Early stage β-amyloid-membrane interactions modulate lipid dynamics and influence structural interfaces and fibrillationMolecular interactions between β-amyloid (Aβ) peptide and membranes contribute to the neuronal toxicity of Aβ and the pathology of Alzheimer’s disease. Neuronal plasma membranes serve as biologically relevant environments for the Aβ aggregation process as well as affect the structural polymorphisms of Aβ aggregates. However, the nature of these interactions is unknown. Here, we utilized solid-state NMR spectroscopy to explore the site-specific interactions between Aβ peptides and lipids in synaptic plasma membranes at the membrane-associated nucleation stage.
The N-terminal disease–associated R5L Tau mutation increases microtubule shrinkage rate due to disruption of microtubule-bound Tau patchesRegulation of the neuronal microtubule cytoskeleton is achieved through the coordination of microtubule-associated proteins (MAPs). MAP-Tau, the most abundant MAP in the axon, functions to modulate motor motility, participate in signaling cascades, as well as directly mediate microtubule dynamics. Tau misregulation is associated with a class of neurodegenerative diseases, known as tauopathies, including progressive supranuclear palsy, Pick's disease, and Alzheimer's disease. Many disease-associated mutations in Tau are found in the C-terminal microtubule-binding domain.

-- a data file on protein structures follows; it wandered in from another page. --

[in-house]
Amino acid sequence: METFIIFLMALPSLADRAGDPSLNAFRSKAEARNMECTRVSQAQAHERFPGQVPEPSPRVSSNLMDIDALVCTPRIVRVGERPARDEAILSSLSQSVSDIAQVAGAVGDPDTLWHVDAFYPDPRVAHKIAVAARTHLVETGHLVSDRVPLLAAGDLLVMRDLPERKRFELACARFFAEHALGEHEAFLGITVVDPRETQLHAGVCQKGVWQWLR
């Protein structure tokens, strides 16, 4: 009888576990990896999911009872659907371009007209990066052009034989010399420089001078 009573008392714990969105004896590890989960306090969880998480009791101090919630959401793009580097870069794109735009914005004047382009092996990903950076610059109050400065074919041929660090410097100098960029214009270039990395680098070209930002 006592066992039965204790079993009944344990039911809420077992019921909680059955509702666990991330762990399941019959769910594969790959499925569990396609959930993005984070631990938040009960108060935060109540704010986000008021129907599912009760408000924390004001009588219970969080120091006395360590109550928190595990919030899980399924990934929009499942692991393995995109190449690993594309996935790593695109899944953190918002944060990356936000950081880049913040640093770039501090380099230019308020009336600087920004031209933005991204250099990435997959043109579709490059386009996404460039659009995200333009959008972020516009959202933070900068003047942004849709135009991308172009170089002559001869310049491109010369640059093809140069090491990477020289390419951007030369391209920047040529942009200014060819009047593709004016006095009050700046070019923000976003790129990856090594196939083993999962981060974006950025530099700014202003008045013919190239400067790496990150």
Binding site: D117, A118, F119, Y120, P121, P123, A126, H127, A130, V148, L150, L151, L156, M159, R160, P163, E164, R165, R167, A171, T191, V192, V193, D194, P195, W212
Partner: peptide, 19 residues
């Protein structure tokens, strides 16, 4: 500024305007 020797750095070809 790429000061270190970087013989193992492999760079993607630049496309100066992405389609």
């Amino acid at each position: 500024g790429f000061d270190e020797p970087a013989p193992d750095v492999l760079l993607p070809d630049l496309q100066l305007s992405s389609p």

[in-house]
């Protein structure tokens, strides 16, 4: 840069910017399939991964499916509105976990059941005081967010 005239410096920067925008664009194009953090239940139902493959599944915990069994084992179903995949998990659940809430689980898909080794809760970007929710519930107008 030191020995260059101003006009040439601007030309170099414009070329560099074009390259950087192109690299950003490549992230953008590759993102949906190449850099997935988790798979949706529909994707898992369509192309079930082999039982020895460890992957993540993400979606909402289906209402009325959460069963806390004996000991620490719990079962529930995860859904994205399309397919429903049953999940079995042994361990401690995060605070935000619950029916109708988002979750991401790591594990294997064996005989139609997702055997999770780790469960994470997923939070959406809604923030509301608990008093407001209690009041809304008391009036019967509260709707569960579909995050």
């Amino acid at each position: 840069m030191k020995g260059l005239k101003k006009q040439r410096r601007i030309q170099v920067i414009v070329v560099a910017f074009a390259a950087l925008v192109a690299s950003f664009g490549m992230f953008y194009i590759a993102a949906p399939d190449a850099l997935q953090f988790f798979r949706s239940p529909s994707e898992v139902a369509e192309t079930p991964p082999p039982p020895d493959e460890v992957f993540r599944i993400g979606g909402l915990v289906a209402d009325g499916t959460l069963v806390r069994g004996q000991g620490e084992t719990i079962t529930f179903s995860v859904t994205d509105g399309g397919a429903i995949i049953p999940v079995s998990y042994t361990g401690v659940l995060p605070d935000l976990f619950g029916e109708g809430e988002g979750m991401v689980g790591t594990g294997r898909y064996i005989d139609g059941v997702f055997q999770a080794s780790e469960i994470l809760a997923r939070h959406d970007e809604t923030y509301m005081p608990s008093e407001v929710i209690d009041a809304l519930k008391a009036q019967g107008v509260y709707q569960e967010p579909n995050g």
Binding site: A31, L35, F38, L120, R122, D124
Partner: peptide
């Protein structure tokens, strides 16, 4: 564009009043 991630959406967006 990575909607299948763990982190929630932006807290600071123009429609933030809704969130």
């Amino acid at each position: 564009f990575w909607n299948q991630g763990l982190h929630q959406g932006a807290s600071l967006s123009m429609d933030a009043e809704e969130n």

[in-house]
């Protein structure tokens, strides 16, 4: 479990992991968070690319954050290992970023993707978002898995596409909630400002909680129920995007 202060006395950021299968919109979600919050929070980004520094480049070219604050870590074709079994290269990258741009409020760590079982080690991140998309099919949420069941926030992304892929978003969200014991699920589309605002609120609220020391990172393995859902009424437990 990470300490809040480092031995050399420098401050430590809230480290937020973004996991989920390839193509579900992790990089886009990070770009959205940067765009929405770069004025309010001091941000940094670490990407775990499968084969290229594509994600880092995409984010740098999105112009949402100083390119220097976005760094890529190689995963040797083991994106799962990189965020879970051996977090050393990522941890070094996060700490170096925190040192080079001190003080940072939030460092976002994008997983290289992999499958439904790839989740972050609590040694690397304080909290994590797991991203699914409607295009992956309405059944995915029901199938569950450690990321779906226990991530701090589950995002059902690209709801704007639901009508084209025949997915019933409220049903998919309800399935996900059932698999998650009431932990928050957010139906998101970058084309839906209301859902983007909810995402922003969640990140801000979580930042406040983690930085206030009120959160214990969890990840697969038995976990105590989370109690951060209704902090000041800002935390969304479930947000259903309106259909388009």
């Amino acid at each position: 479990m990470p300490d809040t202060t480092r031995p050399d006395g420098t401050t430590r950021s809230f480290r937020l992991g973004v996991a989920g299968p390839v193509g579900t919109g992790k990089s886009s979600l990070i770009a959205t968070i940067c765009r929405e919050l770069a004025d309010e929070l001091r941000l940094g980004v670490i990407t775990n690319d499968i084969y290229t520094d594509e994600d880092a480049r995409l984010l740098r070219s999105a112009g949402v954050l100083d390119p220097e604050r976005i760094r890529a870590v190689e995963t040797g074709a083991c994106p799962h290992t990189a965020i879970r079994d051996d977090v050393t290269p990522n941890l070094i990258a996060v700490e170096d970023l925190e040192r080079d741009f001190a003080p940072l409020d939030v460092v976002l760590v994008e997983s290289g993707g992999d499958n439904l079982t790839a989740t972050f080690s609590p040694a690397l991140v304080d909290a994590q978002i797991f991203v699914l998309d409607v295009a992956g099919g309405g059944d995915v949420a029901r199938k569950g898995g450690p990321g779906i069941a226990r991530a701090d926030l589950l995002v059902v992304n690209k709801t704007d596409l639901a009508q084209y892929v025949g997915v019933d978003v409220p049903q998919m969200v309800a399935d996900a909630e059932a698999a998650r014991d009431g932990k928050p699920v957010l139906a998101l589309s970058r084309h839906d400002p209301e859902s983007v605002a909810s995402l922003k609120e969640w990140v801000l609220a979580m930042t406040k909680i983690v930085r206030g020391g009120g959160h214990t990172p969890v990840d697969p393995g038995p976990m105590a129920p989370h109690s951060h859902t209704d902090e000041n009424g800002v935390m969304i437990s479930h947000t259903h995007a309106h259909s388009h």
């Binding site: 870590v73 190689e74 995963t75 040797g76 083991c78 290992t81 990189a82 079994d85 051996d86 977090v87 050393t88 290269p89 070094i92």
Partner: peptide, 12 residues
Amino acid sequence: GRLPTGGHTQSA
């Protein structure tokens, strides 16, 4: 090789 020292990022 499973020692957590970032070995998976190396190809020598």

N-terminal acetylation and arginylation of actin determines the architecture and assembly rate of linear and branched actin networksThe great diversity in actin network architectures and dynamics is exploited by cells to drive fundamental biological processes, including cell migration, endocytosis, and cell division. While it is known that this versatility is the result of the many actin-remodeling activities of actin-binding proteins, such as Arp2/3 and cofilin, recent work also implicates posttranslational acetylation or arginylation of the actin N terminus itself as an equally important regulatory mechanism. However, the molecular mechanisms by which acetylation and arginylation alter the properties of actin are not well understood.
The heme-regulated inhibitor kinase requires dimerization for heme-sensing activityThe heme-regulated inhibitor (HRI) is a heme-sensing kinase that regulates mRNA translation in erythroid cells. In heme deficiency, HRI is activated to phosphorylate eukaryotic initiation factor 2α and halt production of globins, thus avoiding accumulation of heme-free globin chains. HRI is inhibited by heme via binding to one or two heme-binding domains within the HRI N-terminal and kinase domains. HRI has recently been found to inhibit fetal hemoglobin (HbF) production in adult erythroid cells.